15 Feb 2013

Habitat and the democratisation of design

There are many reasons, why I like Terence Conran. One is the importance of his work to England and Europe.  When he opened his first interior design shop, Habitat, in London in 1964, he revolutionized interior design in Britain. 

Terence Conran and the directors of the first Habitat, photographed for the Sunday Times by 
Terry Donovan in May 1964. I particularly love the hairstyles.

Terence was in the right place at the right time. The political and economic stability in Europe created opportunities for new markets. 

Habitat, Montparnasse, the first shop in France, September 1973

The business expanded quickly, in less than 10 years there were 18 branches of Habitat around the UK and with those he single-handedly brought stylish internationally influenced furniture and accessories to the high street, making them affordable to more then just the wealthy.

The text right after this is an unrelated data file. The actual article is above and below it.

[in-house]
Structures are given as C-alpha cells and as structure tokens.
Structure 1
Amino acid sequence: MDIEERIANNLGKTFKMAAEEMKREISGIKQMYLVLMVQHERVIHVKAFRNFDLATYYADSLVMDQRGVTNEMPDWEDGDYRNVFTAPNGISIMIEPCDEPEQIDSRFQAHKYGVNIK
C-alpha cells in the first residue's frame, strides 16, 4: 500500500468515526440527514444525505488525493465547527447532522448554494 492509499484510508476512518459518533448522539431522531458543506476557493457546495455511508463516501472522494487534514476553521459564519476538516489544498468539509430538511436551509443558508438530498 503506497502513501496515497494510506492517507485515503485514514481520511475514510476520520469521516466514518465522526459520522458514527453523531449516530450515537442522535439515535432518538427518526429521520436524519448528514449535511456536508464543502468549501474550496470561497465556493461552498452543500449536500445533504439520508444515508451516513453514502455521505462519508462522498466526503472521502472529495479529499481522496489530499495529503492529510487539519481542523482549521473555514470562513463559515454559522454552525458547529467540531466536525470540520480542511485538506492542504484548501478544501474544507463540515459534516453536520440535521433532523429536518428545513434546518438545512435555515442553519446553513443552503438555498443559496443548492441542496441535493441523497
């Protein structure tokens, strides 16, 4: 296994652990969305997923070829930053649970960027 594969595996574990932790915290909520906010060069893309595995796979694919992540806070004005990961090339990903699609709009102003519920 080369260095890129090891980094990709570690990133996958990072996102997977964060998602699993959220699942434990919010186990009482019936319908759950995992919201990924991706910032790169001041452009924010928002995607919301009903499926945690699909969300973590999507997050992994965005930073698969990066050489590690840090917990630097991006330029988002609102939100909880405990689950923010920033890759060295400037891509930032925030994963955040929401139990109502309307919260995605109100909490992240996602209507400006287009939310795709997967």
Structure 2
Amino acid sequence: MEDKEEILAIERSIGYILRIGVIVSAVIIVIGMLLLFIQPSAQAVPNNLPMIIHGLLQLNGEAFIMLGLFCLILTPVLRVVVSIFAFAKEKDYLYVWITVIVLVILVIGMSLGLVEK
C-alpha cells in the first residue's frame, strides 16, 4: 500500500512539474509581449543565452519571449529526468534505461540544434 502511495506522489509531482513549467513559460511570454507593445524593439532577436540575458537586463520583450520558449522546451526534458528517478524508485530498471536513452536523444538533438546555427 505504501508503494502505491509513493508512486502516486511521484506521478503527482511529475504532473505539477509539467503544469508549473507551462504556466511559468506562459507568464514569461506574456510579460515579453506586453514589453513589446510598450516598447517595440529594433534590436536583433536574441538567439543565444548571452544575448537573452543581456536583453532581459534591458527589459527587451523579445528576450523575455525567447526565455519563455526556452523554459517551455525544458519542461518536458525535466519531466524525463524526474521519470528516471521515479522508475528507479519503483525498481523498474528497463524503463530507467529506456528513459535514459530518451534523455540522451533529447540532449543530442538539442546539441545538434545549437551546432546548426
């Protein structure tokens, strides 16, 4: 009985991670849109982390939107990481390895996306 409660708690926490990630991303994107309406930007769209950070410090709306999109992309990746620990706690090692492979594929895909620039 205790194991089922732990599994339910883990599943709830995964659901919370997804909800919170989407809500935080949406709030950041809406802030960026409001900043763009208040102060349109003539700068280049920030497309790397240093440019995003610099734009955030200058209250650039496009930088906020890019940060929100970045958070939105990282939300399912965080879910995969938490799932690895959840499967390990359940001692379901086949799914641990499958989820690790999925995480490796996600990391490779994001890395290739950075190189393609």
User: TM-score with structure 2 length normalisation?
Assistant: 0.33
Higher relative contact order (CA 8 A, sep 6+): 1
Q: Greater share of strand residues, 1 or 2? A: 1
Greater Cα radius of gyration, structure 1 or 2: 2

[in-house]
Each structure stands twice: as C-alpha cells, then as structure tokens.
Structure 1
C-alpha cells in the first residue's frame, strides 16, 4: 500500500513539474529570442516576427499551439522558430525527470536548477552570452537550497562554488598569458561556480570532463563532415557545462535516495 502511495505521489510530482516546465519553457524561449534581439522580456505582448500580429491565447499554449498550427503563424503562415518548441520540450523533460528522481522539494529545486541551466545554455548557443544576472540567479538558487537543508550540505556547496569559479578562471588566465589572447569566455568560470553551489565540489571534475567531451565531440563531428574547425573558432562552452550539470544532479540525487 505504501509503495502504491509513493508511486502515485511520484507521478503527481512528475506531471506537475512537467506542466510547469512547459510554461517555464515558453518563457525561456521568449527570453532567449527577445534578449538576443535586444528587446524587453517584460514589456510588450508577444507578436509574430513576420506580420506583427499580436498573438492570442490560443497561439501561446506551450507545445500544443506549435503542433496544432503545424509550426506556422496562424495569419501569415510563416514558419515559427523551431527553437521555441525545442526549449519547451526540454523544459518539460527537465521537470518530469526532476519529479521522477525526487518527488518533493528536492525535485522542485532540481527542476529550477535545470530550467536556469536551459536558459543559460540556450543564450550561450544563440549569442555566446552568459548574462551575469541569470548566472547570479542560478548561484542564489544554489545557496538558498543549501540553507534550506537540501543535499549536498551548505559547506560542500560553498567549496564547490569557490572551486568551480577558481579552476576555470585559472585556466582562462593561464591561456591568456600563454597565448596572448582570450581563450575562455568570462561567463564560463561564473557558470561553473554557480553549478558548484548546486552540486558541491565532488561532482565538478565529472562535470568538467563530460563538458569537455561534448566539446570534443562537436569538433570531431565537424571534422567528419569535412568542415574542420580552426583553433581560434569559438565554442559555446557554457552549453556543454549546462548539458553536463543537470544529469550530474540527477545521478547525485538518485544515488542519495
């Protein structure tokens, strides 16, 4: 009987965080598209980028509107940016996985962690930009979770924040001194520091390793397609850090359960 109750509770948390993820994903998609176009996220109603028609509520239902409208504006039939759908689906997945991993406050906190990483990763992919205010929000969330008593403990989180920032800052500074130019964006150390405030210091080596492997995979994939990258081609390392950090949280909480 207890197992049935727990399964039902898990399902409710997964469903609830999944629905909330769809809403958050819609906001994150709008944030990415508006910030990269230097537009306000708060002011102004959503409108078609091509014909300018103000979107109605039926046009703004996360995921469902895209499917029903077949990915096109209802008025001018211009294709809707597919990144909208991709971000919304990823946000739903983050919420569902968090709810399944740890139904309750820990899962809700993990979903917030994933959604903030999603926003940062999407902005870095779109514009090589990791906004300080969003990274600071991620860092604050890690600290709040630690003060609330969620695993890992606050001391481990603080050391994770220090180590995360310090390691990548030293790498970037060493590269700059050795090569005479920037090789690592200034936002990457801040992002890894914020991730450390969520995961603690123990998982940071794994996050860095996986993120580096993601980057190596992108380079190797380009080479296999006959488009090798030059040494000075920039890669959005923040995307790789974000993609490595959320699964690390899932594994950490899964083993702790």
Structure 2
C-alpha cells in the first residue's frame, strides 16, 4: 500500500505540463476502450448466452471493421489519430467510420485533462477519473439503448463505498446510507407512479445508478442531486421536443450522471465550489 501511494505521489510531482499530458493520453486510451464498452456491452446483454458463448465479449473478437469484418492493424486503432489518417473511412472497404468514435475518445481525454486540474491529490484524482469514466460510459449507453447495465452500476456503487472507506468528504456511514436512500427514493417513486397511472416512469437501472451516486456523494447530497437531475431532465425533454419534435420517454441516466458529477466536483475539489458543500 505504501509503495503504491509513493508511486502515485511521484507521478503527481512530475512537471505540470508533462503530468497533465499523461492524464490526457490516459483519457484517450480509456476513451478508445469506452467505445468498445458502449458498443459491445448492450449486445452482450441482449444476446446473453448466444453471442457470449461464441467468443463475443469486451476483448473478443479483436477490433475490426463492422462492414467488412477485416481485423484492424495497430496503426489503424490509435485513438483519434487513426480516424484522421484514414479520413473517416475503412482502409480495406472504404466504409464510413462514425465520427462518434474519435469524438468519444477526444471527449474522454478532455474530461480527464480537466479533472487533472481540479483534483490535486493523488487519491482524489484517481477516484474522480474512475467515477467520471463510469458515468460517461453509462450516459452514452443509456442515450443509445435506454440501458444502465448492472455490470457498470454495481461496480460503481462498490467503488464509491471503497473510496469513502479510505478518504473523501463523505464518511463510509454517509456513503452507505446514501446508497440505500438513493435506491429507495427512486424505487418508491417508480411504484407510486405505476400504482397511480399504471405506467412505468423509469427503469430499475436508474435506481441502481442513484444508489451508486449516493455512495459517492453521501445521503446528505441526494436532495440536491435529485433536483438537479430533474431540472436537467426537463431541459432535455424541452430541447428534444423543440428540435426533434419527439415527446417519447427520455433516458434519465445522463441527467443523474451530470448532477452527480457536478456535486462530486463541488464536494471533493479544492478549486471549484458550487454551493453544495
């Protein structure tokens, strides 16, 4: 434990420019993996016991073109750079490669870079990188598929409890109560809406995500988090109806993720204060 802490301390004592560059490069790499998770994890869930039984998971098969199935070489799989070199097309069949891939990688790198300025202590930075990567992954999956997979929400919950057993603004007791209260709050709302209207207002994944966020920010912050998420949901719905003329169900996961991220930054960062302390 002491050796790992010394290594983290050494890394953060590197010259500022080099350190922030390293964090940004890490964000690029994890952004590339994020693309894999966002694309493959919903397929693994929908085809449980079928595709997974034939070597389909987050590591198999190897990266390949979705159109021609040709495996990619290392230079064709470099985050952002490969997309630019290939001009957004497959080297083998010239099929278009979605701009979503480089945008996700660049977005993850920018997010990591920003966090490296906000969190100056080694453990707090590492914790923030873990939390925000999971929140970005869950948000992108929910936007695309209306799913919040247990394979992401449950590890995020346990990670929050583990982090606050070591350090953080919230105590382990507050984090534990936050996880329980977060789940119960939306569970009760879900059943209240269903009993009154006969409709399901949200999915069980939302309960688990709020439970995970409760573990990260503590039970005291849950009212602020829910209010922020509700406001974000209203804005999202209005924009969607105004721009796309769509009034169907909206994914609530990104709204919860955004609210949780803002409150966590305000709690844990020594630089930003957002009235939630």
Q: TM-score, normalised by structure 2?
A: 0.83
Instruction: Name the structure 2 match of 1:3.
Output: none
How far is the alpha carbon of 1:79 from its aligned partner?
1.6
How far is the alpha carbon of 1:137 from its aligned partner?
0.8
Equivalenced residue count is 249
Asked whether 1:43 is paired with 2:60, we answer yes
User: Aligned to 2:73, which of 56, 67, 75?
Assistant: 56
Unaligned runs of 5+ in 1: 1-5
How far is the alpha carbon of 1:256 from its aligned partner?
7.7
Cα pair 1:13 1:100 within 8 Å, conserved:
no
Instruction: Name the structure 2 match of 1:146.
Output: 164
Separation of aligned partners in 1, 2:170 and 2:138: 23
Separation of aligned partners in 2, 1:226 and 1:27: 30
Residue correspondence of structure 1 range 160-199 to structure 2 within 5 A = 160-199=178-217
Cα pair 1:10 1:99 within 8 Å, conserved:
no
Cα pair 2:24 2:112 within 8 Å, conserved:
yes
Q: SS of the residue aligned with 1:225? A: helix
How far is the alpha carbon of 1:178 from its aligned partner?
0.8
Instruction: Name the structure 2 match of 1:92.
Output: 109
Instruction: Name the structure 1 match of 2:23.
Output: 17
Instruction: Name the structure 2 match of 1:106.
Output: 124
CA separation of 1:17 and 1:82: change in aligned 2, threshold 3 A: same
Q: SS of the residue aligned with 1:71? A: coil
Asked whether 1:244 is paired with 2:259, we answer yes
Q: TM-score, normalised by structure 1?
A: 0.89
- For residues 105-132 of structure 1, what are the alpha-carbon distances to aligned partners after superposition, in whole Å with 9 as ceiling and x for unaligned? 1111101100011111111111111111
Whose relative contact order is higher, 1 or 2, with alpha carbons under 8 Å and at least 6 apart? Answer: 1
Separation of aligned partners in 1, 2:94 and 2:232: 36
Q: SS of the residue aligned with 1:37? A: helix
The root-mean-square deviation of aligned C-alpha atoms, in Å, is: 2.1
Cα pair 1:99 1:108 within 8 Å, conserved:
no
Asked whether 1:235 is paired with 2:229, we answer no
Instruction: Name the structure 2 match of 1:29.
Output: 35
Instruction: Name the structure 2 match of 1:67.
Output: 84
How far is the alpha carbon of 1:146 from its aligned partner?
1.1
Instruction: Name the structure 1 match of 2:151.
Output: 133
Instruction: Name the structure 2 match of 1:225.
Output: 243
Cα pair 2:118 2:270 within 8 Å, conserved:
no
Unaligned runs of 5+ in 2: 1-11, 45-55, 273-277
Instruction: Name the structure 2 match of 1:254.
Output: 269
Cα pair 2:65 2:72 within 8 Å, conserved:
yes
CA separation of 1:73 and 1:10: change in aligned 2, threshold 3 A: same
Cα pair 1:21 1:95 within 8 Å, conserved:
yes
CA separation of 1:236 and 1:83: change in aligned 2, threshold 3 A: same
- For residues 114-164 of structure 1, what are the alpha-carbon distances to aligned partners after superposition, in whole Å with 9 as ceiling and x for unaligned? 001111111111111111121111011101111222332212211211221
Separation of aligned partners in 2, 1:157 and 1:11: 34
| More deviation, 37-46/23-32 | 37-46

The Charles and Ray Eames Chair became a classic. It was introduced in 1971.

Habitat transformed millions of homes in the sixties and seventies. Its interiors were much simpler than hitherto, with Scandinavian, French and Japanese influences. Some design furniture that Habitat introduced became classic pieces like the Robin Day Forum Sofa and the Charles and Ray Eames Chair.

The Japanese Paper Lantern was introduced in 1967 and became very popular. 

These days Habitat doesn’t belong to Terence Conran anymore and last year, it almost disappeared from our high streets as 30 of its stores went into administration. Consumer habits changed and the retail brand failed to keep up. 

Simple product advertising that ran to The Times diary page.

However, it is impossible to deny the impact Habitat caused in middle class homes in earlier days. Habitat democratised good design. 

Pictures from the book Terence Conran, A sort of autobiography

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